Trusts Partnerships and 1031 Exchanges

Trusts, Partnerships and 1031 Exchanges

One crucial aspect of real estate investing, especially for 1031 exchanges, is how property title is held. Understanding the ramifications of holding investment property in your name, jointly with others, in a trust, or in legal entities like LLCs, partnerships, or corporations, empowers investors to achieve their financial, estate, and tax planning goals more effectively.

Step-Up in Basis and Title Holding Methods: 

For many families, receiving a step-up in basis when an investment property passes to the next generation is paramount. While avoiding estate tax might sometimes outweigh the desire for a step-up in basis, most families we work with consider it an important estate planning strategy. To achieve this goal, it’s vital to know which title holding methods allow for a step-up in basis under established tax law. Irrevocable trusts, often created to move assets outside one’s estate for tax purposes, typically won’t enjoy a step-up in basis when the trust grantor passes away. Assets held in a typical revocable trust may provide a step-up in basis, depending on the trust’s language and whether you reside in a Community Property state.

Gifting Property and Its Consequences:

One of the biggest mistakes we’ve seen over the years involves gifting some or all of an investment property to adult children during the parent’s lifetime. This is sometimes done to simplify the eventual asset transfer or help the adult children during the parent’s lifetime. However, doing so might result in the current adjusted tax basis being transferred to the child who inherits the asset, eliminating their ability to claim a stepped-up cost basis when their parent passes.

Investor Independence and Title Holding:

Another important consideration for many co-investing investors is independence when the time comes to sell the property. Holding title to an investment property as Tenant in Common, for example, permits individual investors to act independently when the property sells. One investor might choose to cash out and invest the money, while another opts for a 1031 exchange to defer capital gains taxes. Holding that same property in an entity like an LLC, corporation, or partnership, however, may necessitate all members or partners to act in unison, making it difficult or even impossible for individuals to pursue a course that best meets their needs.

Legal Liability and Title Holding:

How title to a property is held can also affect legal liability. When a property is held in an LLC, Partnership, corporation, or certain trusts, there may be some element of liability protection afforded to those associated with the entity. However, legal requirements are associated with how these entities are structured and the activities of the involved individuals for the legal liability to be upheld. Generally speaking, holding title in your name directly or through a typical revocable living trust won’t provide any level of liability protection.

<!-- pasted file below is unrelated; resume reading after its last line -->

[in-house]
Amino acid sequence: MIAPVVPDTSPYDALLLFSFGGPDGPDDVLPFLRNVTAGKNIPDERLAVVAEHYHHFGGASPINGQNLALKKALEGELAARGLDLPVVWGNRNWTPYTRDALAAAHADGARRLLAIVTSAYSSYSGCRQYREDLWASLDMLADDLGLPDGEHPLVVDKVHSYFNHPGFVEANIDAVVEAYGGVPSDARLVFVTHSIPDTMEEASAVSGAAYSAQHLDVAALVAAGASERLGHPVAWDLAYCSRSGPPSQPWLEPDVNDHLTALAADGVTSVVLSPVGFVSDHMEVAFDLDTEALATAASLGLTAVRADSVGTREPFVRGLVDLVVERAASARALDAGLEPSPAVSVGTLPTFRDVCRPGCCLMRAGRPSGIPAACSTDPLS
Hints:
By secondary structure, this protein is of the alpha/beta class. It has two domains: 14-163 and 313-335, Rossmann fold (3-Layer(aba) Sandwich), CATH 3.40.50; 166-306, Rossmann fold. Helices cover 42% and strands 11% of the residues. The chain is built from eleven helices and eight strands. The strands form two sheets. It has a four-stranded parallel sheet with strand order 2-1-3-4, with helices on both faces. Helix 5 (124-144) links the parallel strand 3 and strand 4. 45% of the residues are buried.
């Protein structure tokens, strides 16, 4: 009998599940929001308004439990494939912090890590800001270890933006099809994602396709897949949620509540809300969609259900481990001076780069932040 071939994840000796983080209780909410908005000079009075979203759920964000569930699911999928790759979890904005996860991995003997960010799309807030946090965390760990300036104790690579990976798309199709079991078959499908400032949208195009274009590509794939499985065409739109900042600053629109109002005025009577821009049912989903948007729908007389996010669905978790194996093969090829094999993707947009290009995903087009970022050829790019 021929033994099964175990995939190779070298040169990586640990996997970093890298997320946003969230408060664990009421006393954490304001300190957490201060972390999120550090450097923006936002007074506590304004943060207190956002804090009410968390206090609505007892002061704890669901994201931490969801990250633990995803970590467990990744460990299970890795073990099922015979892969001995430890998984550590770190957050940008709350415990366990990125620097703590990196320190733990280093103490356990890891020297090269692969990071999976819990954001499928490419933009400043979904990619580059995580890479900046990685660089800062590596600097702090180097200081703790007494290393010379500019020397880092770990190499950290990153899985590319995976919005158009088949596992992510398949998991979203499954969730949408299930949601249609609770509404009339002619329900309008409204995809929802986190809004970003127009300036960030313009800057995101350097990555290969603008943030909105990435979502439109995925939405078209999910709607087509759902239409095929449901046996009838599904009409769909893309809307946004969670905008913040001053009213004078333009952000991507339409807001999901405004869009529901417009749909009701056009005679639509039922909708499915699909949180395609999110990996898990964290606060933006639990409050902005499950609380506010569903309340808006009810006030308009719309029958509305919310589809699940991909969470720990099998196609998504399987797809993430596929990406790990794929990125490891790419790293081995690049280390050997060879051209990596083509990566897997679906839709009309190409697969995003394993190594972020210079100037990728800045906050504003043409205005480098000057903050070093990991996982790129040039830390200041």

Accredited Investor Rules and Title Holding:

There’s also a difference between most entities, such as LLCs, Partnerships, Corporations, and irrevocable trusts, on one hand, and direct title and revocable trusts on the other, regarding the Securities and Exchange Commission’s rules related to Accredited Investor status. This is only relevant when a real estate investor is investing in securitized real estate investments. For an individual to invest in one of these structures, they must meet the individual Accredited Investor test. This means the investor has a net worth, excluding their primary residence, of at least one million dollars, or an annual income of $200,000, or $300,000 if married and investing jointly. However, if the investor is an entity like an LLC, Corporation, Partnership, irrevocable trust, etc., then the entity must have at least $5,000,000 in assets. In some cases, it may be possible to qualify as accredited if all members of the entity are individually accredited, but this is not always the case.


When deciding how to hold title to a property or potentially changing your title holding method, considering the step-up in basis rules, the need for future investor independence, legal liability, and Accredited Investor rules are crucial aspects of the process. A simple conversation with qualified tax and legal professionals can save you a lot of trouble down the road.


Disclaimer: At 1031 Capital Solutions, we don’t give tax or legal advice, but we certainly can help point you in the right direction and may be able to identify issues you hadn’t considered.

This is for informational purposes only, does not constitute individual investment advice, and should not be relied upon as tax or legal advice. Please consult the appropriate professional regarding your individual circumstance. Statements concerning financial market trends are based on current market conditions, which will fluctuate. Past performance is not indicative of future results.


Upcoming Events

continue reading

Related Posts